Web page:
Edwardian Farm

While I've enjoyed the BBC2 series on the Edwardian Farm re-enactment at
Morwellham Quay, I didn't find it so satisfying as the Victorian Farm
series set at Acton Scott.
I feel they tried to cover too much, and got sidetracked into largely
irrelevant areas such as boats and mining.
There also seemed to be several anachronisms. Surely no country
blacksmith of that epoch, no matter how remote, would attempt to product
iron by first burning charcoal, then melting locally-found iron ore in a
scratch-built furnace to produce a bloom of spongy metal? The transition
from an ingot to the ironwork for the weathercock was very quickly
glossed over.
The tractor (IH "Mogul") and engine (Lister A?), shown as the shape of
modernisation at the fete in last night's final episode, are surely
post-Edwardian: WW1 and 1920's products respectively?
Regards,
Richard
Thursday 20/01/2011, 10:06
Reply to
Richard Green
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I was only watching it for the boats!
Yes, but it was stil an interesting 'overview' methinks? I have had a fair interest in industrial archaeology for most of my life but it was the first time I had seen some of these things even attempted.
Chris D
Reply to
Chris N Deuchar
They might still produce high-carbon blister steel from iron on a per- forge basis, but not iron from ore. That had already gone out in the medieval period, in favour of dedicated smelters and trading the pigs of iron around regionally.
Interestingly though, this still a traditional practice in Japan for high-end swordmaking, using the traditional tatara - a tiny furnace, built from scratch for each blow. The difference is in the iron ore. If you're using bog iron (effectively impossible to find these days), it's a practical way to do it.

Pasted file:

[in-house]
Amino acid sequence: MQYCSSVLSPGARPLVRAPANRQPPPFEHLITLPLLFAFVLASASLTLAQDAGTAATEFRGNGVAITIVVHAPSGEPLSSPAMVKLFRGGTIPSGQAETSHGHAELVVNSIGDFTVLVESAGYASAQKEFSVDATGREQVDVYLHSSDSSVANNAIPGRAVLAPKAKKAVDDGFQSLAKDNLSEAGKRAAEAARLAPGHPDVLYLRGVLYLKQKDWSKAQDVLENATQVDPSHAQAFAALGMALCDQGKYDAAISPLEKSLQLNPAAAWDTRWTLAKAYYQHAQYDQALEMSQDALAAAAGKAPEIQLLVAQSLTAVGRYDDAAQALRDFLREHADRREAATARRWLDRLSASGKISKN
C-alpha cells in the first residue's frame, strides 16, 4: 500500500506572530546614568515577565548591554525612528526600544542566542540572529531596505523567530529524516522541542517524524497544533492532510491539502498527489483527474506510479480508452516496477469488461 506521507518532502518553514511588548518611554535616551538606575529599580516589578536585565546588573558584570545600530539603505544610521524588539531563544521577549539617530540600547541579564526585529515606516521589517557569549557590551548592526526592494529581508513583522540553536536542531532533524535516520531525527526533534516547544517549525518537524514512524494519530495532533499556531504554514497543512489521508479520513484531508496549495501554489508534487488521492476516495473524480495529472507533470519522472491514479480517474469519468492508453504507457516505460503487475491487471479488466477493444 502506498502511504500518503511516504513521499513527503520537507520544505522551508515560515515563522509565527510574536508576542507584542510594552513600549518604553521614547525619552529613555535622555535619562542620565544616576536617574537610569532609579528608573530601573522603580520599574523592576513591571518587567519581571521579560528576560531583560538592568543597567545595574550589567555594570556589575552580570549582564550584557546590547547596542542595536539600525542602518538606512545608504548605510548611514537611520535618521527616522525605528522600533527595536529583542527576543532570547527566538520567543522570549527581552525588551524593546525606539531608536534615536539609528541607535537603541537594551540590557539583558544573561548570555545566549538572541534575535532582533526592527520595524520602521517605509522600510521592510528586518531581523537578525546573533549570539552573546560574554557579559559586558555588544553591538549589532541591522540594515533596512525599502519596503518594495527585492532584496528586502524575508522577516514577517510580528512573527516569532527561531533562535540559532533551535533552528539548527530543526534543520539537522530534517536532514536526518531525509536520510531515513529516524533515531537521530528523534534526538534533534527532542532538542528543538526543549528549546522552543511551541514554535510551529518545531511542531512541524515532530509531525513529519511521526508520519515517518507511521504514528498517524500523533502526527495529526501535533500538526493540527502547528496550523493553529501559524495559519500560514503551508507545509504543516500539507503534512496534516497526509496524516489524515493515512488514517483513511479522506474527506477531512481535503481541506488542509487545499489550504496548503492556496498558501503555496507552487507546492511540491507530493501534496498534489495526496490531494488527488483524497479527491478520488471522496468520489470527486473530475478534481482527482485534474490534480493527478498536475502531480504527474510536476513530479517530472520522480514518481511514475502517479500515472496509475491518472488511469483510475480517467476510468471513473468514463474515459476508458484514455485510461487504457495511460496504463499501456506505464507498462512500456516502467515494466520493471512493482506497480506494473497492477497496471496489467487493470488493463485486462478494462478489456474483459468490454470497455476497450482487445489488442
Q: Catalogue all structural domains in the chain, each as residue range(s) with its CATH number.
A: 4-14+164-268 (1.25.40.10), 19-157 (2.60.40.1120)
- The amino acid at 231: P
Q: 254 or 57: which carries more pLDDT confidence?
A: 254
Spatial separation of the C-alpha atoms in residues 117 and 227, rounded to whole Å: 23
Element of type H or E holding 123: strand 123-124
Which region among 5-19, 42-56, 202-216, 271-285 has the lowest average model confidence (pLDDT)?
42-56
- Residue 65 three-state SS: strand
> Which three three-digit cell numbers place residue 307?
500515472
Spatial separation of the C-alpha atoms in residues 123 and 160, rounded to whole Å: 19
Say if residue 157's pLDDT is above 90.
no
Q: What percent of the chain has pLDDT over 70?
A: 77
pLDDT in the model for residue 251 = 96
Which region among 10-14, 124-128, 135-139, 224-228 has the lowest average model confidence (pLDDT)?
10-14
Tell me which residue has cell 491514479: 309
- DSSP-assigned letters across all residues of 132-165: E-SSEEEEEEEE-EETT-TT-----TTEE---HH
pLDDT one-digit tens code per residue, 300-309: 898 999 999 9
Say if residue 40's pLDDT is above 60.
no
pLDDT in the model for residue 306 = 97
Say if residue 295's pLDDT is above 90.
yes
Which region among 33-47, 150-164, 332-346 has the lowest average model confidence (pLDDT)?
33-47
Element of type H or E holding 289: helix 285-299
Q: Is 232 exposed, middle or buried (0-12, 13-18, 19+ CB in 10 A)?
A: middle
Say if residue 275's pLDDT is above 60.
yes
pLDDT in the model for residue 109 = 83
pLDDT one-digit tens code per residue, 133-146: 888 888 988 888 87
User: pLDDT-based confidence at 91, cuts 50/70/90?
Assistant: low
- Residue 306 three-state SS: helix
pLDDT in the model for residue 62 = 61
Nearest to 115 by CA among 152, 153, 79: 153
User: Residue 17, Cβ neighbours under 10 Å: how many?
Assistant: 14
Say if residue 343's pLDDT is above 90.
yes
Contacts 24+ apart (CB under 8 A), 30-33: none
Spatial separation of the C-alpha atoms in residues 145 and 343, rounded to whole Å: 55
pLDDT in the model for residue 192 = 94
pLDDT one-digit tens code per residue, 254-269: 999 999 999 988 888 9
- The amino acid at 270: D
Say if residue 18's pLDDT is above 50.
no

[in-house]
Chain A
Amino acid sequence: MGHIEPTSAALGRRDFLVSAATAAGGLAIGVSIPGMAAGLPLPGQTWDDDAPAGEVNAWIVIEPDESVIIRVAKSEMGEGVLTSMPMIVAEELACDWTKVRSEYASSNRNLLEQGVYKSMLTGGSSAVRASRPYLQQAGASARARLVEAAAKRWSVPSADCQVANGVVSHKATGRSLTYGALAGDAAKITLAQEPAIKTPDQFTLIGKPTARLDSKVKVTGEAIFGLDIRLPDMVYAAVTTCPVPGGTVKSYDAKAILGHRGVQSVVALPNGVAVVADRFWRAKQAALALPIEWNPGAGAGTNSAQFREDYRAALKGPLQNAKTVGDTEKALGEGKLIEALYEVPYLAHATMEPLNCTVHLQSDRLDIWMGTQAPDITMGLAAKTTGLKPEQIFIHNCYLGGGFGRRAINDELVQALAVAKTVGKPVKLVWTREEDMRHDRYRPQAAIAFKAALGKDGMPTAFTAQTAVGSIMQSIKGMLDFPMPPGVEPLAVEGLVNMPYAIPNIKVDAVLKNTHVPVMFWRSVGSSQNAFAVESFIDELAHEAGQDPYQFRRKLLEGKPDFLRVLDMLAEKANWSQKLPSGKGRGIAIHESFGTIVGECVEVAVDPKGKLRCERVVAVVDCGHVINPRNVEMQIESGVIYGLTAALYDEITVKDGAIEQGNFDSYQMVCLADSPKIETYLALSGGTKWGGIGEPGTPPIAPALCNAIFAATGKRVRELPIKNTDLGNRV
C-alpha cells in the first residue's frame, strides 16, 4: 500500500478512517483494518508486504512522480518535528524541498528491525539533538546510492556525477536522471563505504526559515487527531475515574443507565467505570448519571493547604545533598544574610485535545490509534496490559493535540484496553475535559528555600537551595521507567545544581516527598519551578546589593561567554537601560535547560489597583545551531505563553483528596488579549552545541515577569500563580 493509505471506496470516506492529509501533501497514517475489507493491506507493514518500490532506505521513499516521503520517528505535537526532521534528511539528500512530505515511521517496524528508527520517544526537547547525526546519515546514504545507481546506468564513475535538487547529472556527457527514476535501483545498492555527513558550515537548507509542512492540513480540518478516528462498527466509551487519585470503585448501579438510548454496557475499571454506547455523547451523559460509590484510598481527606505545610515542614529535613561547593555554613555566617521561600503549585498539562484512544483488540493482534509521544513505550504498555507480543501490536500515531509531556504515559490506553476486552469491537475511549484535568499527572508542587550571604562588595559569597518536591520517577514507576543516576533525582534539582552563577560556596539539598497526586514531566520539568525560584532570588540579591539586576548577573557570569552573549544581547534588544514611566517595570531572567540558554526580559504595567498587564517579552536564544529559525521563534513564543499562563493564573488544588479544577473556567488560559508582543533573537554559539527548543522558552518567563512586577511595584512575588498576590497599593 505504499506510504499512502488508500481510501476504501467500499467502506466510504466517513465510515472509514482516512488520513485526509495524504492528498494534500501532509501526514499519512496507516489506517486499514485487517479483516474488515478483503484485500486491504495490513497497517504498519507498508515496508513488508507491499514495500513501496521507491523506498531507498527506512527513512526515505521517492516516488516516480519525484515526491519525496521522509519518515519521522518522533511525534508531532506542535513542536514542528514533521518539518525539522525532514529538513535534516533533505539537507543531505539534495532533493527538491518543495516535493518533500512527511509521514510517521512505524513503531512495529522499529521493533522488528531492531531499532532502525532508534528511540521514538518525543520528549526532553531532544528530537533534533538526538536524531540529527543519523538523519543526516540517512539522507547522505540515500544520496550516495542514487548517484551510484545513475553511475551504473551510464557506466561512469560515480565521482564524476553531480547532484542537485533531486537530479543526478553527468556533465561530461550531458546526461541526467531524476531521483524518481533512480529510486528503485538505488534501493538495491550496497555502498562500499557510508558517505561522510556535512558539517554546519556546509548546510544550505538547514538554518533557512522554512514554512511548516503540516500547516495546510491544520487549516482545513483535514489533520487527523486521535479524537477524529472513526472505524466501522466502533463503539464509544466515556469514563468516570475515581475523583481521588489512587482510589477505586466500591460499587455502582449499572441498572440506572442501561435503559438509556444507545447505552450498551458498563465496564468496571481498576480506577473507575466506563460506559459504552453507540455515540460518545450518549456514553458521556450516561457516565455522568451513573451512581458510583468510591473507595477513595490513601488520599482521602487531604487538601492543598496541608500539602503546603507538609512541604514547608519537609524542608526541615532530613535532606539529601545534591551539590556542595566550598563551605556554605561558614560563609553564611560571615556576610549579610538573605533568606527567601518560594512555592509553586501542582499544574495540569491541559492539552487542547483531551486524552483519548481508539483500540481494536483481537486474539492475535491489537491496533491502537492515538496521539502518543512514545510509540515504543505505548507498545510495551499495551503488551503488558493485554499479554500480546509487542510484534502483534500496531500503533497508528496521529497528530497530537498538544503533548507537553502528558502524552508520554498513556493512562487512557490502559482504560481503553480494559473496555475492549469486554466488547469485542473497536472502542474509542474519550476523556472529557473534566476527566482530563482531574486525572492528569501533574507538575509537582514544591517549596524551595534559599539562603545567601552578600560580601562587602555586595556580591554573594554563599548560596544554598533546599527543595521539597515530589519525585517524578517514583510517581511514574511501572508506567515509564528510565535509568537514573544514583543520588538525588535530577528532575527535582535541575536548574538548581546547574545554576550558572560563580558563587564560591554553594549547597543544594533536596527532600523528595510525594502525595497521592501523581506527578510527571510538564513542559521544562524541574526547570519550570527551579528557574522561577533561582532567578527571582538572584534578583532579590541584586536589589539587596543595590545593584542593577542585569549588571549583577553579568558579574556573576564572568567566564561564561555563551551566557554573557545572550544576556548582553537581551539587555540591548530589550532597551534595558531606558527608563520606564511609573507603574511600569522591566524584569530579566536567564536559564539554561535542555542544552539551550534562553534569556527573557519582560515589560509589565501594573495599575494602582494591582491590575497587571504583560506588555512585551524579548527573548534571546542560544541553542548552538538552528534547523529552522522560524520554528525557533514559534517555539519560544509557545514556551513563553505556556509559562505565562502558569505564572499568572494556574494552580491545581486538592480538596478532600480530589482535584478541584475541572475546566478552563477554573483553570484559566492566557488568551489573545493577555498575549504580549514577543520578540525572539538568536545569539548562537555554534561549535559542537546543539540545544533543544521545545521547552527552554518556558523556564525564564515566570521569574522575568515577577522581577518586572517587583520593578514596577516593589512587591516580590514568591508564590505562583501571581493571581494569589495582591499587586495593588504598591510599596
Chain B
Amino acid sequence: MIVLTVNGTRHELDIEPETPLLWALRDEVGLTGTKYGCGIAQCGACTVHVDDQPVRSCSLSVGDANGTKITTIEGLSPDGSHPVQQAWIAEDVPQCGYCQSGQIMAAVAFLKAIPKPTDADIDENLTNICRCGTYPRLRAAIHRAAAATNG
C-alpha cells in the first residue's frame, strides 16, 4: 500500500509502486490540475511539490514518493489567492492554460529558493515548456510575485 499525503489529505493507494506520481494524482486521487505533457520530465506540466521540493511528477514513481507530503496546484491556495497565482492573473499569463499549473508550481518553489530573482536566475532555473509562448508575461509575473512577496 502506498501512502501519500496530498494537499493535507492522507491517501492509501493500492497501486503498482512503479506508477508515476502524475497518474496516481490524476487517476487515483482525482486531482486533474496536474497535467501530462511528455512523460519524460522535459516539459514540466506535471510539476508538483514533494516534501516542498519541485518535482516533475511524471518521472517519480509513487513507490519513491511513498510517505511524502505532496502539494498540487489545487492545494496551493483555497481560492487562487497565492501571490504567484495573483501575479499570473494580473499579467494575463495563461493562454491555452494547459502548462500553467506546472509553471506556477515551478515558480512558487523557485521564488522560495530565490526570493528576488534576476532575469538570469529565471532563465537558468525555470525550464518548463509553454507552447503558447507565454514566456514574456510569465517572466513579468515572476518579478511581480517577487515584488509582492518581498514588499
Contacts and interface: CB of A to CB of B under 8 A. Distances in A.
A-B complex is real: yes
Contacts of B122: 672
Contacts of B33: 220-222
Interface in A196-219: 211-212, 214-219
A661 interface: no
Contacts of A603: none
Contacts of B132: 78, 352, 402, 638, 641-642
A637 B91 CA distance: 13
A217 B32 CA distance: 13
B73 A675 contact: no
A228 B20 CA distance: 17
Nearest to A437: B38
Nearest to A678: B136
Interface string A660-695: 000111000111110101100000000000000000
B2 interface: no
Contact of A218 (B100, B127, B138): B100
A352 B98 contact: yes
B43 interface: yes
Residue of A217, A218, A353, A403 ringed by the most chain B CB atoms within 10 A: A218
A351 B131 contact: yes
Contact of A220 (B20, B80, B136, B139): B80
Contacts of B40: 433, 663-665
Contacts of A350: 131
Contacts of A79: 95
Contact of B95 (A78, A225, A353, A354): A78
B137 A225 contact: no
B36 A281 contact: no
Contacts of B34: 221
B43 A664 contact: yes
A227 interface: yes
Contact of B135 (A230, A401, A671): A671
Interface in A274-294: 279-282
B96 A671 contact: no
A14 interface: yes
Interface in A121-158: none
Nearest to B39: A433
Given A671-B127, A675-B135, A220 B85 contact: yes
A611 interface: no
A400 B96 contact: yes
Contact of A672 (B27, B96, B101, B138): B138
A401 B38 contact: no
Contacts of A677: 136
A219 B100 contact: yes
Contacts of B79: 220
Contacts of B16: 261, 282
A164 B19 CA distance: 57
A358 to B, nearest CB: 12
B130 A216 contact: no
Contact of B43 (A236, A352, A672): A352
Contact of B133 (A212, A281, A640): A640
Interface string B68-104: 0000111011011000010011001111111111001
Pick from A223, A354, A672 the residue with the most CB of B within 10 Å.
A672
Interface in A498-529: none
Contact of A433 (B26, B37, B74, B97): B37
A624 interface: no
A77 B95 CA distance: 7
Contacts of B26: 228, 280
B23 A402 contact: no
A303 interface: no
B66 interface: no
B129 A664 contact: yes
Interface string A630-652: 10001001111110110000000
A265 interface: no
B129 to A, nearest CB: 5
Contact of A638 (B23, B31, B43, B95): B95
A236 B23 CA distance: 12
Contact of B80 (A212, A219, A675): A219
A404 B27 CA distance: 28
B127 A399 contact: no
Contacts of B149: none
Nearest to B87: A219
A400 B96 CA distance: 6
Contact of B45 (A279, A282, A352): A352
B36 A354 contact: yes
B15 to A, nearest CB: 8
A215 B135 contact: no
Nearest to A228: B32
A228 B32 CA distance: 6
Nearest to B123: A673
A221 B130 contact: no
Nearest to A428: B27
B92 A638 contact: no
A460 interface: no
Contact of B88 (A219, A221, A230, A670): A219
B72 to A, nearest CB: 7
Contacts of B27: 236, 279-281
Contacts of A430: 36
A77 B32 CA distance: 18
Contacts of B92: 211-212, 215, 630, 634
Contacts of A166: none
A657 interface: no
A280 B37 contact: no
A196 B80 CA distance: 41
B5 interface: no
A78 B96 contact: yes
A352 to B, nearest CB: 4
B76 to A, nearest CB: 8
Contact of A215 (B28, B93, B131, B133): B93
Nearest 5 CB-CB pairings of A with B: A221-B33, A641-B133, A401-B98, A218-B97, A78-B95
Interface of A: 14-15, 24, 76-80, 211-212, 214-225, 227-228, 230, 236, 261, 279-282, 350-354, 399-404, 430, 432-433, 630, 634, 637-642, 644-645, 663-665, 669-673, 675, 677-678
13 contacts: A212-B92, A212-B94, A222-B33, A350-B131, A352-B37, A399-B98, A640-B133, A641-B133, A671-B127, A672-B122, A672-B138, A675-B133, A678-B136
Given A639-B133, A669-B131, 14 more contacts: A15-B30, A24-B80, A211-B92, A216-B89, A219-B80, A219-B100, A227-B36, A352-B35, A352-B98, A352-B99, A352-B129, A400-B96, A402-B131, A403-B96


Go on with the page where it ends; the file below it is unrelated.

Bog iron _can_ be found on Welsh hillsides, by hunting for bits of abandoned wrought iron mine kit that has spent a few decades lying underwater in anoxic peat bogs. A few reenactors have used this as a source for recreation.
Reply to
Andy Dingley
Certainly an enjoyable program, the Mogul tractor sounded great and looked the part irrespective of it's actual age (upon which I'm not well informed enough to comment). I did think they could have done better than the little Lister Junior though. As for the iron smelting, I recall being suprised on another program (Landscape detective?) to learn that the Wealden iron industry continued into the 19th century and that must surely have been the last bastion of rural production.
NHH
Reply to
NHH
On another more Viking issue, I am seeing the Edwardian Farm Director on Monday! I'll raise the anachronistic issues viz a viz engines, but I thought the Mogul was OK but surely the Lister Junior was post First War?
I'm not surprised they only got a bitty bloom as they put no limestone in the smelter. Never get the bloom hot enough without it. Frankly, I'm surprised it went as well as it did. It was of curiosity only I'm sure and did look as though they had some budget left over - like that stunning copper cockerel.
Bog iron is no good for tools or weapons but does flat out nicely into plates for pots etc. It is the only practical source of iron in Ireland in the Dark Ages and their swords, axes etc were notably worse than those that the nasty incomers carried at their hip!
Regards,
Kim Siddorn
Reply to
kimsiddorn
Was it a Mogul 10-20? Only reason being I saw a pea-green one of those at a show a few years ago and wondered if it was the same one.
I think the earliest tractors that weren't steam-powered were in the late 1800's, so by the Edwardian period there must have been a few petrol ones around (not sure about diesel though, those perhaps came later?)
cheers
Jules
Reply to
Jules Richardson
I never expect such programmes to be totally factually correct, they are after all made for the entertainment of a diverse public. If that part of the programme is to be believed, the boats and mining which were included were an essential part of farm-life in that area and era, thus fully justified in being included. As a lad I remember a local traditional blacksmith (late 1950s, Staffordshire) explaining to an interested group of lads, how to get iron from iron ore in a way that oozed personal knowledge and was not disimilar to that shown in the programme. Peter
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